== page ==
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Ordained in 2011, Father Friel served for five years as Parochial Vicar at St. Anselm Parish in Northeast Philly. He is currently studying toward a doctorate in liturgical theology at The Catholic University of America in Washington, D.C.
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“…it would be a very praiseworthy thing and the correction would be so easy to make that one could accommodate the chant by gradual changes; and through this it would not lose its original form, since it is only through the binding together of many notes put under short syllables that they become long without any good purpose when it would be sufficient to give one note only.”
— Zarlino (1558) anticipating the Medicæa

The Importance of Uniforms
published 6 September 2015 by Fr. David Friel

EVERAL SUMMERS AGO, I underwent training at the Naval Chaplains School in Newport, RI. It was a terrific experience (and Newport is not a shabby place to spend the summer). Over that summer, I learned about the traditions of the Navy, did a lot of PT, and became friends with a rabbi & an imam. I am forever grateful for the formation I received during those months.

One thing that many people don’t know about Navy chaplains is that they serve not only the Navy, but also the Marines and the Coast Guard. So we learned about those branches, also, during our training. For a two-week period, we focused exclusively on the Marine component, and we were taken off-site for special field exercises.

We spent most of our time on NAVSTA Newport wearing Navy uniforms—khaki’s mostly, with the occasional need for summer whites. The day we left for the field exercises, however, we all dressed in Marine uniforms. I will never forget looking in the mirror that morning and seeing myself decked in woodland camouflage. My interior response was strong, immediate, and multi-faceted. I felt unworthy, honored, and humbled to wear this particular uniform; the sight produced within me a tangible sense of duty; my mind was consumed with the thought of so many Marines who have died wearing the very same uniform. To be honest, the experience was a bit overwhelming. The question, “Who am I?” repeated itself quietly but firmly in my mind.

HE CASSOCK can be something of a lightning rod. I have yet to forget the occasion when I first wore one, about two months into my first year of seminary life. The feeling was very similar to my experience with the Marine woodlands. I felt unworthy, coupled with a sense of duty and the insistent question of identity.

A great portion of my life has been spent in uniform. Whether it’s been a Catholic school uniform or a baseball uniform or a Scout uniform or a Navy uniform or my current uniform of black, I’ve always enjoyed the feeling of being part of something larger. There are real benefits to wearing a uniform (beyond the freedom of not worrying what to wear).

An article published two weeks ago by Esquire writer-at-large, Tom Chiarella, has some fascinating insights into the effect a cassock can have on the one who wears it and those who see it worn. Though not a priest, Chiarella undertook a mission to wear a cassock around downtown Chicago for a day, observing how it affected him and those he encountered. He continued the experiment by dressing on other days as a security guard, a mechanic, and a doctor. I won’t rehash all of his insights, because the article is worth reading for yourself.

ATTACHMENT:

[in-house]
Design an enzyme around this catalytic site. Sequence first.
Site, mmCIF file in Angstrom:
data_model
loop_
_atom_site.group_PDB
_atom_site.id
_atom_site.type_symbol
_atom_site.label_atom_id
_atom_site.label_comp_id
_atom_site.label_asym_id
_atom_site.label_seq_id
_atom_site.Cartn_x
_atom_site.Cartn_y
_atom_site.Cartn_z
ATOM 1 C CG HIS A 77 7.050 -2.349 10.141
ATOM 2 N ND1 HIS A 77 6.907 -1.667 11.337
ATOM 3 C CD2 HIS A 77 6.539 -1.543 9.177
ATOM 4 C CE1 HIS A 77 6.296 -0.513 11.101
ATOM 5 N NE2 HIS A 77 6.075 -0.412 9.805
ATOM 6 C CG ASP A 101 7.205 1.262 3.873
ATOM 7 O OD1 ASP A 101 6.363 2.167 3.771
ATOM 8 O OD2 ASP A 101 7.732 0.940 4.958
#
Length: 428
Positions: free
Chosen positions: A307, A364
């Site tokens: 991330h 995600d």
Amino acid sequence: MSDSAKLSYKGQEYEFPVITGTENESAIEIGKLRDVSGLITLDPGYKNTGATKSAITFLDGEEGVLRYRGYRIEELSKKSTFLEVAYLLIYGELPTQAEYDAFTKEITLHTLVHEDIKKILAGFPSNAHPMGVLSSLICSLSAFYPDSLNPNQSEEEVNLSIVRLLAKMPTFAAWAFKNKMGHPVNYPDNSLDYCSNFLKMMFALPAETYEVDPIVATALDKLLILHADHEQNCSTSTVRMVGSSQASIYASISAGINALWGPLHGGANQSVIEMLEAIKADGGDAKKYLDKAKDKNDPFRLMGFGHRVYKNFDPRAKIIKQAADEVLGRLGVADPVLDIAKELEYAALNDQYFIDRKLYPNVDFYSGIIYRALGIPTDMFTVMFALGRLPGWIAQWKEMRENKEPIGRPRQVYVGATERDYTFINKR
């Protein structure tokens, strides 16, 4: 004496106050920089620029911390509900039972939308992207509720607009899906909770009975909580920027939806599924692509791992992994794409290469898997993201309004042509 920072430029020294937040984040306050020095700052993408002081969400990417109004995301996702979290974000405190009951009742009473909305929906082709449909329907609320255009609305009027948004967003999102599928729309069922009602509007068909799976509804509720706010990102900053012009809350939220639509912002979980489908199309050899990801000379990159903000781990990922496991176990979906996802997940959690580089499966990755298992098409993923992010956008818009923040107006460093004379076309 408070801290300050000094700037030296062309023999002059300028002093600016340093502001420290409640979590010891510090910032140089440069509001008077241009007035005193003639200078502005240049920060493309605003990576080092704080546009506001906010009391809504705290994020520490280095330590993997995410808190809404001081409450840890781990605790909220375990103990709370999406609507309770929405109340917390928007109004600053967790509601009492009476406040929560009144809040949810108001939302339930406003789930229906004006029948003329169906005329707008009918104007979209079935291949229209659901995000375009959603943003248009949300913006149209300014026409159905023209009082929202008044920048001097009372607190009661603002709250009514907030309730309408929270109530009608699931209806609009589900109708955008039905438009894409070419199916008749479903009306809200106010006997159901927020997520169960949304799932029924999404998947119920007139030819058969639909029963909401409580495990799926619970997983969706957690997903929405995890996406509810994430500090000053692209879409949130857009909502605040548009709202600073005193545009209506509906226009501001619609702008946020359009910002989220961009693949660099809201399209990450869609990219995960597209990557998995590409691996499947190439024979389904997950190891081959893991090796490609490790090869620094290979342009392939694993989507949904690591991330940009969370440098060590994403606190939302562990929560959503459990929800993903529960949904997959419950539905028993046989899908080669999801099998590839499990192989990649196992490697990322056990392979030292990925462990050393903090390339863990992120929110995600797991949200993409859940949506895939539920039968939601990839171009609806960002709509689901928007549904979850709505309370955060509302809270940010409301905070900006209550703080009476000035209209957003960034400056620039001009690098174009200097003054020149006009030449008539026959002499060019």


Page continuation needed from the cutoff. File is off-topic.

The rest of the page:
In large part, Chiarella recounts being met with pleasant-to-positive encounters during his day-in-the-life. After four years as a priest, myself, that surprised me a bit. While I am typically met with great warmth in the neighborhood where I live & work, a casual walk through Center City dressed as a priest elicits mostly disinterest. There are, of course, occasional unpleasant encounters that largely stem from the scandals of the last decade, but I would say that the majority of people pay little mind to a passing priest.

That being said, I could not begin to list the many wonderful encounters I have had with strangers who have approached me simply because I was dressed as a priest. Many prayers have been requested, blessings have been offered, and questions have been asked. Without a doubt, wearing priestly attire is good for the priest, since it is a reminder of his vocation and an encouragement to his priestly identity. But it is also good for those around him.

The Esquire article reminded me of William Riccio’s reflection upon the Eucharistic procession held in NYC at the conclusion of Sacra Liturgia back in June. The effect of that procession was a profound spirit of peace felt by participants, police officers, and passers-by alike. The sight of a priest, like the sight of that procession, can have incalculable effects.

Chiarella’s observations, I believe, are valid and important. They are evidence of humanity’s innate desire to connect with God. This desire is written in the hearts of all men, including those who otherwise live in the mire of secularism. If we are serious about the New Evangelization, it is incumbent upon priests to capitalize on simple opportunities to engage modern man. It would seem that wearing priestly garb in public settings is such an opportunity. Doing so often serves as an entre for conversation and prayer—even confession.

HETHER A PRIEST wears a cassock or a black suit, the witness of clerical garb is essential in the modern age. The world needs the witness of priests in ordinary life, not just inside the church building. Our brothers & sisters in the streets and in all of society need to be reminded of the presence of God. We priests should be humbled and honored to be that reminder.